For those of us kids of the 80’s I’m sure you can remember the awe-inspiring moment the Big Foot 4×4 remote controlled monster truck car was launched. A fixture on The Early Bird Show, every Saturday morning, five lucky kids would battle it out on the racetrack, driving their 4×4 RC cars around a course. Five laps around the studio, smashing into the trackside and each other while Australia watches, the victor would take home the esteemed vehicle and return home a local legend.
I don’t know how many stamped, self-addressed envelopes I sent off diligently in the hope that Marty Monster would draw my name out of the barrel so I could be one of the steely eyed racers, ready to take on the track and claim their prize. Sadly, that wasn’t the case and like most of us I didn’t get to play with RC vehicles until my kids found one under the tree delivered by Santa.
‘So, what does an iconic 1980’s toy have to do with mining?’ you ask.
We’ve seen some significant advancement in recent years in the technology to control large autonomous vehicles, and with COVID 19 and the recent outbreak at Tanami, the case for this type of technology grows stronger. Although not new to the Australian mining scene (Rio Tinto kicked off the move to automation through its Mine of the Future initiative in 2008), the range of machinery now able to be controlled remotely is expanding.
Sandvik Mining and Rock Solutions recently announced the evolution of the Leopard DI650i down-the-hole (DTH) drill rig to support fully autonomous operation. Their new iDrill automation platform expands the existing on-board automated drilling cycle and connects with Sandvik’s AutoMine Surface Drilling system to enable fully autonomous fleet operation from a control room. The system provides increased accuracy in working to the drill pattern as well as improved reliability and efficiency by reducing operator errors.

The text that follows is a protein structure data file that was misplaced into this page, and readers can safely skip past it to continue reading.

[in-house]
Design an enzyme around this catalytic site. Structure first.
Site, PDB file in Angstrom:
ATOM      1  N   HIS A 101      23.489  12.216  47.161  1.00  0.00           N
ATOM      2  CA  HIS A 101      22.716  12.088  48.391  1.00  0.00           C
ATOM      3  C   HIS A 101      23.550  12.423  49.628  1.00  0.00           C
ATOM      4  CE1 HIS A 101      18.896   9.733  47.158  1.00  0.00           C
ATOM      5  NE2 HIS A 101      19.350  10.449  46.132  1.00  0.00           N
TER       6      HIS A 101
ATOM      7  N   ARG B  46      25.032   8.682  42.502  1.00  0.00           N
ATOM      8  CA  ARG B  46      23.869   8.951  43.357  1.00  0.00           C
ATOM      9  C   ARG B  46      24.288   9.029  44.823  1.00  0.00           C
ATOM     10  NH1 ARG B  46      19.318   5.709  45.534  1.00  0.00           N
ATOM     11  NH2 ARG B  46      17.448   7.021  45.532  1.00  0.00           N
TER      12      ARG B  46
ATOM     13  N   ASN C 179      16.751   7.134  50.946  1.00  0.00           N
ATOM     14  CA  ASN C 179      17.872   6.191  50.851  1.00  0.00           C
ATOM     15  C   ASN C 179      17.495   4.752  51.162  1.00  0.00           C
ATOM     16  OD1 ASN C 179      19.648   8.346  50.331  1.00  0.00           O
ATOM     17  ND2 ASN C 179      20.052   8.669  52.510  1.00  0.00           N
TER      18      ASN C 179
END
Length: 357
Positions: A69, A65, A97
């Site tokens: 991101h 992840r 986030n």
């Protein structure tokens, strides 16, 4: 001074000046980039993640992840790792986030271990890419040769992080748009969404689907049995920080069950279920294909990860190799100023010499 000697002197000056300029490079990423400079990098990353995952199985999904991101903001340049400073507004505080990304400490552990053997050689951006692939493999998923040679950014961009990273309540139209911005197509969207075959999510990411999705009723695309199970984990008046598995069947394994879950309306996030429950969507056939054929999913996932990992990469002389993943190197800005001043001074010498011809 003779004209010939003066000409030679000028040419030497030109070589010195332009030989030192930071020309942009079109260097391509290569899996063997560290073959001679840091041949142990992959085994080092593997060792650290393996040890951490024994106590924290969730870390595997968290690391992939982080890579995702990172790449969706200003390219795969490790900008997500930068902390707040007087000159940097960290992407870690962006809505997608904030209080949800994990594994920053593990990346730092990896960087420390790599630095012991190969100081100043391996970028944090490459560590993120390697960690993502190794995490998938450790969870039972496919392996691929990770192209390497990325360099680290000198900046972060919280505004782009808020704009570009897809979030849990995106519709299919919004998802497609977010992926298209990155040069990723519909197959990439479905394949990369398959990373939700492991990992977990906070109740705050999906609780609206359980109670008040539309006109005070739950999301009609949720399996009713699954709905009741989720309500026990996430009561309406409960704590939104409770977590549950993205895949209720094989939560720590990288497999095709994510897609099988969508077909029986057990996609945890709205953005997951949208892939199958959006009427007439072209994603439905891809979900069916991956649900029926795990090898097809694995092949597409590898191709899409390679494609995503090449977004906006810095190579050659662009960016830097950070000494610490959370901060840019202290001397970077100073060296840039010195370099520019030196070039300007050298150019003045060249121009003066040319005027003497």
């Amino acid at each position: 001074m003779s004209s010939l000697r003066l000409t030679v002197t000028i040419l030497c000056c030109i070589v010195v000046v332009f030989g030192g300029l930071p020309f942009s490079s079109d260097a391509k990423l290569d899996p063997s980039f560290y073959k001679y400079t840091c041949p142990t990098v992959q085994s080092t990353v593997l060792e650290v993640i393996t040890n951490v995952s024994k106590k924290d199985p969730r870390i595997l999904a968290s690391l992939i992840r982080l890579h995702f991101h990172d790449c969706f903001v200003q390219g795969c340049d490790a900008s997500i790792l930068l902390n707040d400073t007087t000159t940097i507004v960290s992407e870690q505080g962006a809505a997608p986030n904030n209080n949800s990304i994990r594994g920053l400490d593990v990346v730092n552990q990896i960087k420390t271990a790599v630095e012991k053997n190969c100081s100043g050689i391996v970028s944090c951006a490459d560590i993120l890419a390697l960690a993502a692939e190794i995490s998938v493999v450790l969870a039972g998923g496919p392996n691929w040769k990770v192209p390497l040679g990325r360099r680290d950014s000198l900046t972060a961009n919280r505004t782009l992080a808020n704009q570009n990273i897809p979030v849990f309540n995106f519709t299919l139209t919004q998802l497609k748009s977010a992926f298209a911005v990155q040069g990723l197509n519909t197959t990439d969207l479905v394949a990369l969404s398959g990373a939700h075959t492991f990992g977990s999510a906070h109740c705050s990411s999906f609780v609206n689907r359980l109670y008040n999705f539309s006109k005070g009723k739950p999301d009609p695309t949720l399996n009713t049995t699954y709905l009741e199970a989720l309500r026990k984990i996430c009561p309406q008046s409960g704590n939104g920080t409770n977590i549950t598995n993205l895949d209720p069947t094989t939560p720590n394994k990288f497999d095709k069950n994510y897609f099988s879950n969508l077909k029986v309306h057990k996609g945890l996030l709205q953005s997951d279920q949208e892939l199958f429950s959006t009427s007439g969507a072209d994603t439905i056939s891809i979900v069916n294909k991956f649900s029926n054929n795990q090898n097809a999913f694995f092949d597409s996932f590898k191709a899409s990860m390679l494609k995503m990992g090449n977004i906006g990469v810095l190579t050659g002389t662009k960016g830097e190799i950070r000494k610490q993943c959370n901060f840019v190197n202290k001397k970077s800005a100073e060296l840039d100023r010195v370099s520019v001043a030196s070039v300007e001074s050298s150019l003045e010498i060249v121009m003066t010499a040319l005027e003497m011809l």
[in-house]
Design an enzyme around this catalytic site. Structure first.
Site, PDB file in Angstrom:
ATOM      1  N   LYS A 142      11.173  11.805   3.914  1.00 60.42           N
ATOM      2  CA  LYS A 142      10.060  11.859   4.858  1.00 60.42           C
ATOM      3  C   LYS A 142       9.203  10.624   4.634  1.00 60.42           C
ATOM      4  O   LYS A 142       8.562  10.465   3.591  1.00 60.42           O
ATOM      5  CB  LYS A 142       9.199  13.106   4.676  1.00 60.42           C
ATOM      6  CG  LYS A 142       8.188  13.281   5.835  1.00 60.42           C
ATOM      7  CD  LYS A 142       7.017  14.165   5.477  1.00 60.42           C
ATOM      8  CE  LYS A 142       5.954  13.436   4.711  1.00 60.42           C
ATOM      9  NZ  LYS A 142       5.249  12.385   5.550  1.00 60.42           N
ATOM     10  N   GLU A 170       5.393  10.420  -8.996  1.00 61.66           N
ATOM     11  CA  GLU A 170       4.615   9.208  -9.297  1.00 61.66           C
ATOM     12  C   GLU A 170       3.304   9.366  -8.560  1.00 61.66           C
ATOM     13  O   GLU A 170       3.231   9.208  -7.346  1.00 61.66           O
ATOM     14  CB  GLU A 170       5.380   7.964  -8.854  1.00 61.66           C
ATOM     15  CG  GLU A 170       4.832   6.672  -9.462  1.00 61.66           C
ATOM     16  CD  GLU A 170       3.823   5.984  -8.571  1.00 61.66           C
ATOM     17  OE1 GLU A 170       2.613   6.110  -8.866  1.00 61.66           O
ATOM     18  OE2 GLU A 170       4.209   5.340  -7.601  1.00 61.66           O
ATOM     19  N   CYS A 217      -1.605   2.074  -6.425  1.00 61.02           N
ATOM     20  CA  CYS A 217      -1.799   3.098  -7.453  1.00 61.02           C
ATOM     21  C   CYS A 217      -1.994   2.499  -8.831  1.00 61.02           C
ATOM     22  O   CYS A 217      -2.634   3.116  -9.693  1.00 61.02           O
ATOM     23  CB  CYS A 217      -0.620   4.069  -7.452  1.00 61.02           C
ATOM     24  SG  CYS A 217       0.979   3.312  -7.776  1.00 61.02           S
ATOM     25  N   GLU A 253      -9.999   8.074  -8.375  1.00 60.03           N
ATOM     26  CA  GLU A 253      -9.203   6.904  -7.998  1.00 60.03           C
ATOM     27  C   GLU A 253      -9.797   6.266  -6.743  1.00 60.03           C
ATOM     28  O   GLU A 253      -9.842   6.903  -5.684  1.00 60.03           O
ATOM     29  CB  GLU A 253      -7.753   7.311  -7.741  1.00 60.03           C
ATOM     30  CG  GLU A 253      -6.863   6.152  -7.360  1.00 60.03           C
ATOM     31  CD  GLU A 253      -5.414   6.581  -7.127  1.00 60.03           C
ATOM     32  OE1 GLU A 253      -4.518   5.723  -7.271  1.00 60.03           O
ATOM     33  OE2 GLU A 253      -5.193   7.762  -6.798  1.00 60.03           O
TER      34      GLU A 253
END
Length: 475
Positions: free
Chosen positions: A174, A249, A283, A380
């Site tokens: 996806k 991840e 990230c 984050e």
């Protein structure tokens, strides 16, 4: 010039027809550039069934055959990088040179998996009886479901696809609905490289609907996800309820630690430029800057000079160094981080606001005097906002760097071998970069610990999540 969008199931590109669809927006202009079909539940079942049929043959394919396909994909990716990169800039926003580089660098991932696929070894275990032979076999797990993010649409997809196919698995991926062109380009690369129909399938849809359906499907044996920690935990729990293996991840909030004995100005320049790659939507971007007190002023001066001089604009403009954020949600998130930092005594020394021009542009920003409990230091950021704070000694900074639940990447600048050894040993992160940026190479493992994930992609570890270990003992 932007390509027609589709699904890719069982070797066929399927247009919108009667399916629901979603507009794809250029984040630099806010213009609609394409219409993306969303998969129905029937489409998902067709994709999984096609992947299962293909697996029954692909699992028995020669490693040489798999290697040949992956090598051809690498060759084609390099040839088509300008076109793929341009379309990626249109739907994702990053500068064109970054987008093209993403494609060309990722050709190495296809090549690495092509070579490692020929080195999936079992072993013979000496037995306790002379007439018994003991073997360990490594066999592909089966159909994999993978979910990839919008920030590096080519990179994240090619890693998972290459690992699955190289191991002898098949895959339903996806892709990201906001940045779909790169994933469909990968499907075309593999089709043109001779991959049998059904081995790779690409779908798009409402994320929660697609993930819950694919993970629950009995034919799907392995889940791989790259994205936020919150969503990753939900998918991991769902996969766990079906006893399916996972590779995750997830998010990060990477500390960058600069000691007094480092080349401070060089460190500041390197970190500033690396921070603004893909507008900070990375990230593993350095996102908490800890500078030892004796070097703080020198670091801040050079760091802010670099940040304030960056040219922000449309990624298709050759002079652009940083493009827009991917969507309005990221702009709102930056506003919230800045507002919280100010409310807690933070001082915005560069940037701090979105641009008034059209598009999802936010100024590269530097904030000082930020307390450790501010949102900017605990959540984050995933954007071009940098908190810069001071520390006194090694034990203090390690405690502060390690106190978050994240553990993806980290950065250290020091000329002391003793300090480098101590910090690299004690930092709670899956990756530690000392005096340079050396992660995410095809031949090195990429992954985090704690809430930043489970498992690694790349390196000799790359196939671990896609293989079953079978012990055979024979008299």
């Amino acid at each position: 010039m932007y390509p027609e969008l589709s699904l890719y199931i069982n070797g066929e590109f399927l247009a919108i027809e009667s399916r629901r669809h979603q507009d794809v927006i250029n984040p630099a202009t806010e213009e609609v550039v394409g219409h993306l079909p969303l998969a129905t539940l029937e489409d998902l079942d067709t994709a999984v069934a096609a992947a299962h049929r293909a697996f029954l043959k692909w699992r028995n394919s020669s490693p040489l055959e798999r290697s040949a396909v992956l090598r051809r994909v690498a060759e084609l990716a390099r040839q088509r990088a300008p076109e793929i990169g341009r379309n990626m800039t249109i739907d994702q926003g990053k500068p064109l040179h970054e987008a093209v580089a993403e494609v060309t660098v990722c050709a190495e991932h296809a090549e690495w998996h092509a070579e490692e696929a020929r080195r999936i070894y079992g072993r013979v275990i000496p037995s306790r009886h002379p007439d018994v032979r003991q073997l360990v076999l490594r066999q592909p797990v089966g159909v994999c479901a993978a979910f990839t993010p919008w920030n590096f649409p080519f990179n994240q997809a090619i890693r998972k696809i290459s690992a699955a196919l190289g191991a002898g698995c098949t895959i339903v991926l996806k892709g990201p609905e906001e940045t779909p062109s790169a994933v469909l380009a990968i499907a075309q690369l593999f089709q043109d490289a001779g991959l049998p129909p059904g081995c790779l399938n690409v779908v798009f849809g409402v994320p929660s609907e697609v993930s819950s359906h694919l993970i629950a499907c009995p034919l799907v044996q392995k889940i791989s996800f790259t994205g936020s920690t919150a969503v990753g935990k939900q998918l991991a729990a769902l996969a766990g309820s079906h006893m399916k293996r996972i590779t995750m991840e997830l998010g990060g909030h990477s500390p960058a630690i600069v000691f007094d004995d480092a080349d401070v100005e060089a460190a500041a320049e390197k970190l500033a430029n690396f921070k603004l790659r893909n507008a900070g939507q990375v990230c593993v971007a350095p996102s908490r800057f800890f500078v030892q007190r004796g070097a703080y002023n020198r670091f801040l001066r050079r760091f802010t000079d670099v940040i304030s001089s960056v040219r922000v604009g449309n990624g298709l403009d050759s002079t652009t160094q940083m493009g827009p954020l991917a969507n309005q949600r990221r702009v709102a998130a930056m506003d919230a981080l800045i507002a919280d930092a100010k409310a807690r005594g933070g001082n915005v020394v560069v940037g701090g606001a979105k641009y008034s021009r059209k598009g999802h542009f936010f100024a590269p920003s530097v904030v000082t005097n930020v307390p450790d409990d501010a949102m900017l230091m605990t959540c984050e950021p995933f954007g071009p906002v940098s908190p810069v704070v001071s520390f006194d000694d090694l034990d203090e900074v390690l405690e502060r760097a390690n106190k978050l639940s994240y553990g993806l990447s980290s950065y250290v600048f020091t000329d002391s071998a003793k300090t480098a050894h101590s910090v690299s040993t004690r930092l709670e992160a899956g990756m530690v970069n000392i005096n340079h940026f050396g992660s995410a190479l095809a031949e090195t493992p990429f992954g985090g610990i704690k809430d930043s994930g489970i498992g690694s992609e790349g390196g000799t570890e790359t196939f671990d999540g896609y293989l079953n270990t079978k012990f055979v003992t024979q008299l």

This is a prime example of how we are seeing the shift away from individual automated toward an ‘ecosystem’ of platforms operating with a connected fleet of automated mining equipment.
This new release has features such as drilling stabilisation, automated collaring, automated cleaning and detaching from hole. The result is an optimised drilling cycle where the operator only needs to monitor the process.
The rig is engineered to ensure consistent high-quality drilled holes by minimising common drilling errors, such as hole inclination, depth, and positioning errors.
The drilling cycle allows manual intervention and can be activated or deactivated at any stage of the cycle. In addition, the operator can add optional wait stages between automated sequences, if for example, additional check-ups are needed for safety reasons or difficult drilling conditions.
This will also change the role of operators, from handling a single machine to controlling as many as three (four in the case of Cat) drill rigs remotely, through line-of-sight or control room operation.
Now if you’re more comfortable with the idea of controlling one RC rig at a time, you might be interested in something a little lighter, but no less fun. Komatsu have recently unveiled the first fully electric remote controlled mini excavator. Powered by lithium-ion batteries, this little beast produces zero exhaust emissions and makes minimal noise – so you won’t bother the neighbours when you fire it up at 6am on a Saturday.
Touted by Komatsu as being “designed to lay the foundations for commercialisation of fully electric construction equipment of the future”, this 3-tonne mini allows you to get started on that backyard project from the comfort of your deck chair avoiding the inevitable back ache from sitting in a bumpy digger for a day. With no need for a cab, the machine operates off a wireless LAN connection that Komatsu says will operate under any work environment.
Not a bad toy to find under the Christmas tree and the promise of things to come in larger capacity diggers.
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